The singers too were a fine ensemble. Some were more overtly theatrical in their presentation, particularly the excellent Alessandro Corbelli as the Marquis of Boisfleury, a role which he sang in London’s last concert performance, in 1997. With his characterful bass he captured absolutely the faintly-ridiculous essence of this elderly, self-deluded, obsessive yet potentially dangerous roué. The Marquis provides the comic turn of the drama, and there are few who can match Corbelli in this repertoire. His Act Three scena was a real highlight, the patter keenly enunciated.
Marianna Pizzolato, singing the en travesti role of Pierotto, stood out with her ability to remain relatively still and to draw the audience in by virtue of her finely shaded and modulated singing. She has a lovely mellow voice and sang the plangent melancholic Act One ballad ‘Per sua madre’ most affectingly. The main tune of this aria provides much thematic material throughout the opera, and its reprise later in the work is one of the mechanisms by which Linda’s sanity is restored. It would be good to hear Pizzolato in some of Rossini’s ‘trouser roles’. Interestingly there is a duet in the second act between Linda and Pierotto, ‘Al bel destin che attendevi’, which harks back to the sort of duets between coloratura soprano and mezzo that Rossini wrote in operas like Semiramide and Tancredi. Here Pizzolato’s voice blended exceptionally well with that of Eglise Gutiérrez as Linda.
Gutiérrez too has a warm creamy voice, and is certainly not the showy glittery canary coloratura of (comic) convention. In her middle registers the voice has a lovely timbre that suits the slower and more languid music that is given to Linda. The upper register also sounds lovely, but in some way is almost dissociated from the rest of the voice. Sustained high notes caused some effort to produce, but they were always accurate and never blasted out. For the most part her technique was well up to the demands of the role, particularly Linda’s fiendish first aria ‘O luce di quest’amina’, which Donizetti added for Fanny Tacchinardi-Persiani for the Paris premiere. Gutiérrez’s runs were neat and non-aspirated, and if one or two or her many trills were occasionally imperfect one suspects that first-night nerves may have been to blame. Linda has a ‘mad scene’, one shorter and less showy than in “Lucia di Lammermoor”, and Gutiérrez sang this with aplomb. A little more dramatic interplay with some of her fellow singers would have increased the impact of her fine performance.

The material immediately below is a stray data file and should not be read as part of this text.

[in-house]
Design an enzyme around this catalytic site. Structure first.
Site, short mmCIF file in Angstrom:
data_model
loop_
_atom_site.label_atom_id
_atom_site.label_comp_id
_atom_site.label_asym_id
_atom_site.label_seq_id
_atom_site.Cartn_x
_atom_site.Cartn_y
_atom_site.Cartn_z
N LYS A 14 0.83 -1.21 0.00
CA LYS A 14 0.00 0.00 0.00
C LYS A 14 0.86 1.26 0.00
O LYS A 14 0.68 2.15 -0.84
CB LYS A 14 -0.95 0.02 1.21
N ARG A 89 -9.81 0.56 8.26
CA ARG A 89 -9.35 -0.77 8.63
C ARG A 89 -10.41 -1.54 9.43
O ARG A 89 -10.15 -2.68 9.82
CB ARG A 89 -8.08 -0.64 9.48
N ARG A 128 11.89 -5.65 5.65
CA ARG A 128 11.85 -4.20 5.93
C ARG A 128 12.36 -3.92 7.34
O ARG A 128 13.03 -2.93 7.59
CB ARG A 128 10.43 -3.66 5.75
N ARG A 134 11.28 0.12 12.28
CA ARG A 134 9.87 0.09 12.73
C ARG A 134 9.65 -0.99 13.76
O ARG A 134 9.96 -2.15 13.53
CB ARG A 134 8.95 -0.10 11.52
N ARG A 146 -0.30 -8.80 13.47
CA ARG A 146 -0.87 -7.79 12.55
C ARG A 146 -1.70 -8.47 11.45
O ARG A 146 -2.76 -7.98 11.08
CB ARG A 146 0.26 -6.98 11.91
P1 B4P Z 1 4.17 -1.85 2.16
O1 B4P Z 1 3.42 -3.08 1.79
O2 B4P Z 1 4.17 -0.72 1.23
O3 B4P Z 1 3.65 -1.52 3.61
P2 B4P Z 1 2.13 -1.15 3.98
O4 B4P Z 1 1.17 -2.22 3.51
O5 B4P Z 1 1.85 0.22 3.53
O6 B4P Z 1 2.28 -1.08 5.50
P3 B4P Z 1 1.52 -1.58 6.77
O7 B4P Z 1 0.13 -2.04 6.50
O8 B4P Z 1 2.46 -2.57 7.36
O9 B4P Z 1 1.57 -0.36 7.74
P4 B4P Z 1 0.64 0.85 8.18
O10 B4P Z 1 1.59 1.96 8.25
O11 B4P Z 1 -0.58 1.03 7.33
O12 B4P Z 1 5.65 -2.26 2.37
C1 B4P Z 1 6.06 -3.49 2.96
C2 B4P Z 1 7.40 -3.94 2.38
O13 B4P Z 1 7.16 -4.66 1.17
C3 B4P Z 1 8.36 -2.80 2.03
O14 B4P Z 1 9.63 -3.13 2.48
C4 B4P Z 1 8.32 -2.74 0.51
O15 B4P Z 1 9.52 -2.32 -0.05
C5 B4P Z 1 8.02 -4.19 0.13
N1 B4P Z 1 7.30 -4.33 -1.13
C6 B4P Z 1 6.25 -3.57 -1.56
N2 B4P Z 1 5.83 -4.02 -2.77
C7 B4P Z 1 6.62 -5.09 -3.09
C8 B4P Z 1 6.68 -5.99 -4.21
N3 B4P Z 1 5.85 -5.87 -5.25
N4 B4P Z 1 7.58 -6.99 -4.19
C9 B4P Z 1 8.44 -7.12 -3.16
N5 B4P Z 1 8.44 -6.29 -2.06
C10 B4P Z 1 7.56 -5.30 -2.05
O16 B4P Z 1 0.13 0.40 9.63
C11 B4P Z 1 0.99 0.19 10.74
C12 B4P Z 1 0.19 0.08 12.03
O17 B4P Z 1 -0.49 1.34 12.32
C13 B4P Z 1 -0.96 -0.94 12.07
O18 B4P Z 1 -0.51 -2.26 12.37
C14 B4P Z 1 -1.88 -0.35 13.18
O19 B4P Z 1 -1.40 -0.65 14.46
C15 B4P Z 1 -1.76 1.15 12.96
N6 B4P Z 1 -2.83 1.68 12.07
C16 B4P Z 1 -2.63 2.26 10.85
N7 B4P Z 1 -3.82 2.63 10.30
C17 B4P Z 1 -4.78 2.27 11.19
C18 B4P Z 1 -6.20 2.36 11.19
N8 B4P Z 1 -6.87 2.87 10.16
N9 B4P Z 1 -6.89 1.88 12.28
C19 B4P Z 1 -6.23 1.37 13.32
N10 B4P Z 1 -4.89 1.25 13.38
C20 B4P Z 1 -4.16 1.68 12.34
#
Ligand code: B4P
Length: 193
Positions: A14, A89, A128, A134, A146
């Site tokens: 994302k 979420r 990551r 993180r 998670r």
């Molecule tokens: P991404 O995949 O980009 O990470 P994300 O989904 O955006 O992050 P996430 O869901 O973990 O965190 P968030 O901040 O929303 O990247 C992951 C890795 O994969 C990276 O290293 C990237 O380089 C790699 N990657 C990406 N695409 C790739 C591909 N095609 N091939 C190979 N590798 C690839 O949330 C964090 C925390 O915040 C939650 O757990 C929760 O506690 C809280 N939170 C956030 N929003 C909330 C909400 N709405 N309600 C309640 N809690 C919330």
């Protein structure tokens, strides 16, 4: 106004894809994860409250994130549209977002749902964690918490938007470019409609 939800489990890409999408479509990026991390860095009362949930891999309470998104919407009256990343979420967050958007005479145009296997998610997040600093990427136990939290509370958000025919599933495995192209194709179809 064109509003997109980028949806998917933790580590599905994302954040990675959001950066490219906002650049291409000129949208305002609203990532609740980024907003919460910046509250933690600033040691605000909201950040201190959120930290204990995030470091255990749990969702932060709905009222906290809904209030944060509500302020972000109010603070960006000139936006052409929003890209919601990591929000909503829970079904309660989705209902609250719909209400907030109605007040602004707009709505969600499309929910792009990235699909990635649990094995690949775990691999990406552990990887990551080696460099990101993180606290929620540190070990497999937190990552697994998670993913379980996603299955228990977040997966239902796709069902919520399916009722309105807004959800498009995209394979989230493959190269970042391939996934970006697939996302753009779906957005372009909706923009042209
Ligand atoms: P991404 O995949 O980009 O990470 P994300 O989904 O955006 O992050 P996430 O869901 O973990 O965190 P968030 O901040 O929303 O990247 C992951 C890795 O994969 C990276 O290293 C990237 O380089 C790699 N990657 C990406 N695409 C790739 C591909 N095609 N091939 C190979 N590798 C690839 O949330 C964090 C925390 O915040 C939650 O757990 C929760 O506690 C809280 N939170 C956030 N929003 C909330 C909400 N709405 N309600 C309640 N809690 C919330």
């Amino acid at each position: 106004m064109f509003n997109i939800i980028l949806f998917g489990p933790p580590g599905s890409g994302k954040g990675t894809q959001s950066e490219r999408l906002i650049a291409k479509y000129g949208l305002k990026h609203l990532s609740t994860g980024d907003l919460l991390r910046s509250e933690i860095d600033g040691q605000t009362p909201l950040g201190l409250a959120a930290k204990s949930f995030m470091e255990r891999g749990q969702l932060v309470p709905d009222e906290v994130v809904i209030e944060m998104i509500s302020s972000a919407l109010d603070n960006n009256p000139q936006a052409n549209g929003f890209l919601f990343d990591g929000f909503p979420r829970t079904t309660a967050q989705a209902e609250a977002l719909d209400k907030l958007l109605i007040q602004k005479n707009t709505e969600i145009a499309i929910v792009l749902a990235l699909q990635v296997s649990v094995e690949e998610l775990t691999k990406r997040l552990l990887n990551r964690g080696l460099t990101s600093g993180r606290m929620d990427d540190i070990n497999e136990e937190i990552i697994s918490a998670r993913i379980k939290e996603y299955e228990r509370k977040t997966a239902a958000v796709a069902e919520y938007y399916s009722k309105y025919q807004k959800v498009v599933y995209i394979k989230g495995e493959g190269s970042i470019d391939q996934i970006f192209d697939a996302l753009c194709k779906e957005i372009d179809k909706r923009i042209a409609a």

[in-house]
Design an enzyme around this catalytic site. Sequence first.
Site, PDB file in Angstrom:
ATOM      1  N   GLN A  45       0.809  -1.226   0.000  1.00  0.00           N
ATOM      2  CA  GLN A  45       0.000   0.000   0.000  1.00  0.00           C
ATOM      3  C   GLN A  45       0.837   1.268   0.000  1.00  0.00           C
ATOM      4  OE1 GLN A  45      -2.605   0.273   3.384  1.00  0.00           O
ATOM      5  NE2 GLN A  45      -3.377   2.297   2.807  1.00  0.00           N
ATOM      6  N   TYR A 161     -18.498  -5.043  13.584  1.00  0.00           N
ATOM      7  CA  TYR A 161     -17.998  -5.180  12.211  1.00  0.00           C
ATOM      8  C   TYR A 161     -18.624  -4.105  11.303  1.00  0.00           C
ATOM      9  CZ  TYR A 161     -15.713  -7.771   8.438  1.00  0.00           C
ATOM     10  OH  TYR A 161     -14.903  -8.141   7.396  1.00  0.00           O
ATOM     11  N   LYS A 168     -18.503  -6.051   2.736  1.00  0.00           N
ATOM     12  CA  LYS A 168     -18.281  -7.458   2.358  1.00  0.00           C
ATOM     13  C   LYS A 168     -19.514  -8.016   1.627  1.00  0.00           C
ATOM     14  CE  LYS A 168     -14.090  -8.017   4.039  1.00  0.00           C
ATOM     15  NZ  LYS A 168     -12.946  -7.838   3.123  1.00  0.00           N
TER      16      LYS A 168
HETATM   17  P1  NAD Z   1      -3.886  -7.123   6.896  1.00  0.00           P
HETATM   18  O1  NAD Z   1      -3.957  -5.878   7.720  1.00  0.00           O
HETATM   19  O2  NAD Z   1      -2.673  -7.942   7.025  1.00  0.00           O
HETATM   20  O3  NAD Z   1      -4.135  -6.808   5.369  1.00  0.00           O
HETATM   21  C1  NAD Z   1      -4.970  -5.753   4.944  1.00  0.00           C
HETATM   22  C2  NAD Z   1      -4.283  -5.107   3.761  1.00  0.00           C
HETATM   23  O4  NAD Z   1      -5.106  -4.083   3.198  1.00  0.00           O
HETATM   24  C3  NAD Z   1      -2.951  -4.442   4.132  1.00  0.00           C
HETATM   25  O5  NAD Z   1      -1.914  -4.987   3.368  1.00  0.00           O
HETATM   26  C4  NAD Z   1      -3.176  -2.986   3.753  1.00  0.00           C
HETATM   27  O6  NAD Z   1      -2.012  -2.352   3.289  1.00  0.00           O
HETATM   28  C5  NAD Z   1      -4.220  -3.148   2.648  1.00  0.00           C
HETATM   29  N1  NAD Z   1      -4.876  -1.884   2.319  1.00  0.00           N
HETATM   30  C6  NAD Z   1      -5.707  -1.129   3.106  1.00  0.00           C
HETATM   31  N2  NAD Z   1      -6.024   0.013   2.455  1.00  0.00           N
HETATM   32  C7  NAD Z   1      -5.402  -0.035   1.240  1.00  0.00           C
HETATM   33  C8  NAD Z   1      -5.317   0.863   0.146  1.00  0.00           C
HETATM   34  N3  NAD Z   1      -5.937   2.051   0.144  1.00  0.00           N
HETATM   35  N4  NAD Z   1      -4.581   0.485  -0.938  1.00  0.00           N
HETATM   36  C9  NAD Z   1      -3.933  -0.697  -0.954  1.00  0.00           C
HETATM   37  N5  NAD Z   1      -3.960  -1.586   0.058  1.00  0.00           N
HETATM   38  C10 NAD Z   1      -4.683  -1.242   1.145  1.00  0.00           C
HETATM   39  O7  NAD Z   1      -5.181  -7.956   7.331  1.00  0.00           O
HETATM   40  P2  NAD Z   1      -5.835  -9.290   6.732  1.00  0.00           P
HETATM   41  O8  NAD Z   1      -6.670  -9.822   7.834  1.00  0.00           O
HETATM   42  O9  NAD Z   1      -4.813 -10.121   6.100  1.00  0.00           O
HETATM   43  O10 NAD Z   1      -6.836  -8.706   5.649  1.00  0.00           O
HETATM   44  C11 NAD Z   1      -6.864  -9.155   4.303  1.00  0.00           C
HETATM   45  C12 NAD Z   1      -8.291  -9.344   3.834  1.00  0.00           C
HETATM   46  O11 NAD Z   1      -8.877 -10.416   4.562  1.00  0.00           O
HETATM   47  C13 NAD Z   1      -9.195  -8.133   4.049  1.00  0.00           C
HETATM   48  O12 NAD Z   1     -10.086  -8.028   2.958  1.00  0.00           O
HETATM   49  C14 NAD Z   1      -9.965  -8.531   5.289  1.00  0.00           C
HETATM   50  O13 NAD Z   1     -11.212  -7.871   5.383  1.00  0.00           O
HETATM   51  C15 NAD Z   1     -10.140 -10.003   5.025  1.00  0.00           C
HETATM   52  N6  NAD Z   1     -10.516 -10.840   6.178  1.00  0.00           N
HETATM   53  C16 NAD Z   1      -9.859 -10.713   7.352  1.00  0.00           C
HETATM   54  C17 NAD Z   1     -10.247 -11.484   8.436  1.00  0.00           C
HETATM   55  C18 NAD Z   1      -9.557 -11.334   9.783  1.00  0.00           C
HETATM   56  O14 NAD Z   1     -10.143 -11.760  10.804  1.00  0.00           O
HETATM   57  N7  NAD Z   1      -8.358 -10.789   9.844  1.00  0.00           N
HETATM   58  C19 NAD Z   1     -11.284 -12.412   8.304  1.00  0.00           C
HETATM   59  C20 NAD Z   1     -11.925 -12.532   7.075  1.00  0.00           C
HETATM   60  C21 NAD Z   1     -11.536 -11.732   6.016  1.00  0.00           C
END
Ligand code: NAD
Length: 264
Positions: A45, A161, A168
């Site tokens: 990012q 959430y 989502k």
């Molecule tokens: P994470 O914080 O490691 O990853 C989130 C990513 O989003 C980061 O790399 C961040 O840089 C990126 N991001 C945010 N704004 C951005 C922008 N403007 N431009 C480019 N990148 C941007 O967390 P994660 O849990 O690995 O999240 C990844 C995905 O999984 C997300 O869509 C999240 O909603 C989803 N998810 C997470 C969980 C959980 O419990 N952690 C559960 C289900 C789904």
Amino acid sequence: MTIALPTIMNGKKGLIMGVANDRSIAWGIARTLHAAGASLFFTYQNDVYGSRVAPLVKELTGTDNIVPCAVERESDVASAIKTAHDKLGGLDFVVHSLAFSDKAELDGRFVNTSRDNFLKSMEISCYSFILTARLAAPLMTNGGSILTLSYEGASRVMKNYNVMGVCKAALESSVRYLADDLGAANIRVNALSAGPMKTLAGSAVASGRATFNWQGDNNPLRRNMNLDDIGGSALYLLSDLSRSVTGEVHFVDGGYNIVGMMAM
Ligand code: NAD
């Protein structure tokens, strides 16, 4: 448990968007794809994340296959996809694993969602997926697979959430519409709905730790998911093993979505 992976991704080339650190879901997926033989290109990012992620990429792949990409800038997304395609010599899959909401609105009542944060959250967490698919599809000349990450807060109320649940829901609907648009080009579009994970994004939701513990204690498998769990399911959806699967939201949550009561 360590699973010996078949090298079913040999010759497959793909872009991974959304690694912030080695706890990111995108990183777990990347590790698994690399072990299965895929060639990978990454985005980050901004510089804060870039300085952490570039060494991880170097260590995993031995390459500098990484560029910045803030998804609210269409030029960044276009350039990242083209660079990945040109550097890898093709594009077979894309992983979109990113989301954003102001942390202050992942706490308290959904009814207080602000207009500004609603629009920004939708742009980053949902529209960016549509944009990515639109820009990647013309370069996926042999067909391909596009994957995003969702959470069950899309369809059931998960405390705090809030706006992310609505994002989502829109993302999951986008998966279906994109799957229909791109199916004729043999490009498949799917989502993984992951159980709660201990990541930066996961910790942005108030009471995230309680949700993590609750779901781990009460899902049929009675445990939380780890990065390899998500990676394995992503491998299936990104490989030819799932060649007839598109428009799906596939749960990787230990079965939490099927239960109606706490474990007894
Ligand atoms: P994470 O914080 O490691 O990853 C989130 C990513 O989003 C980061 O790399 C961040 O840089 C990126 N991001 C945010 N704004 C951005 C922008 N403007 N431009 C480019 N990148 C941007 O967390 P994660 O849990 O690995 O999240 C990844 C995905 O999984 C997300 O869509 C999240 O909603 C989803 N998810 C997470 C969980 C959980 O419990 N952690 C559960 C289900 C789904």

As her lover, Carlo, Stephen Costello revealed an elegant tenor, heady of tone and with a heroic edge for the noble’s more dramatic outbursts. He too blended well with Gutiérrez in their duets, and on this showing should be much in demand as an eloquent romantic tenor for this bel canto repertoire.
Ludovic Tézier’s virile and penetrating baritone was a distinct asset as Linda’s father, Antonio, and he made dramatic point of the moment where he curses his daughter for her apparent immoral lifestyle. Elizabeth Sikora, as ever, made much of little material as Linda’s mother.
In this type of drama there is usually a priest of some sort who can be relied upon to make rather vapid and usually ineffective declarations about events. “Linda di Chamounix” has one in the role of the Prefect. Balint Szabó managed, by dint of some fine singing and a wonderful sense of line, to make this particular priest less ponderous than most. His duet with Tézier’s Antonio was memorable.
With the ROH Chorus on fine form, the short solo interventions from members of the “Ragazzi Chorus” nicely differentiated, this was an enjoyable performance of an opera that deserves to be more widely known. Luckily, Opera Rara is recording these performances, with a fine cast and the ideal conductor.